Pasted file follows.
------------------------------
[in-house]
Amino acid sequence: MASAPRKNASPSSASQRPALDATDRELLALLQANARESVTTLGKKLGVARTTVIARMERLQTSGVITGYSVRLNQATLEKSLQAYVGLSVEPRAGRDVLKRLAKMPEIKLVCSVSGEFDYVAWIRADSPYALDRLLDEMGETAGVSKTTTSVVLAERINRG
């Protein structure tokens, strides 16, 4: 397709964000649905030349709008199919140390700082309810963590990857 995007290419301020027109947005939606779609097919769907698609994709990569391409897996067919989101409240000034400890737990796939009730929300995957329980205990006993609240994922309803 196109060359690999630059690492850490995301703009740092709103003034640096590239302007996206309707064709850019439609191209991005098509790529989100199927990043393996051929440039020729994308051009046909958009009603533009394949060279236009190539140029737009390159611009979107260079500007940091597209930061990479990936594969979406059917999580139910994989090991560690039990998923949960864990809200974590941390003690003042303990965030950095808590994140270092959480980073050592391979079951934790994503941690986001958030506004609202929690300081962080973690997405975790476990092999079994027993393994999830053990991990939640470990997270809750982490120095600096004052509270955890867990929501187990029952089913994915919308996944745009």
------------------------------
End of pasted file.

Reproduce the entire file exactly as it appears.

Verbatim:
[in-house]
Amino acid sequence: MASAPRKNASPSSASQRPALDATDRELLALLQANARESVTTLGKKLGVARTTVIARMERLQTSGVITGYSVRLNQATLEKSLQAYVGLSVEPRAGRDVLKRLAKMPEIKLVCSVSGEFDYVAWIRADSPYALDRLLDEMGETAGVSKTTTSVVLAERINRG
């Protein structure tokens, strides 16, 4: 397709964000649905030349709008199919140390700082309810963590990857 995007290419301020027109947005939606779609097919769907698609994709990569391409897996067919989101409240000034400890737990796939009730929300995957329980205990006993609240994922309803 196109060359690999630059690492850490995301703009740092709103003034640096590239302007996206309707064709850019439609191209991005098509790529989100199927990043393996051929440039020729994308051009046909958009009603533009394949060279236009190539140029737009390159611009979107260079500007940091597209930061990479990936594969979406059917999580139910994989090991560690039990998923949960864990809200974590941390003690003042303990965030950095808590994140270092959480980073050592391979079951934790994503941690986001958030506004609202929690300081962080973690997405975790476990092999079994027993393994999830053990991990939640470990997270809750982490120095600096004052509270955890867990929501187990029952089913994915919308996944745009």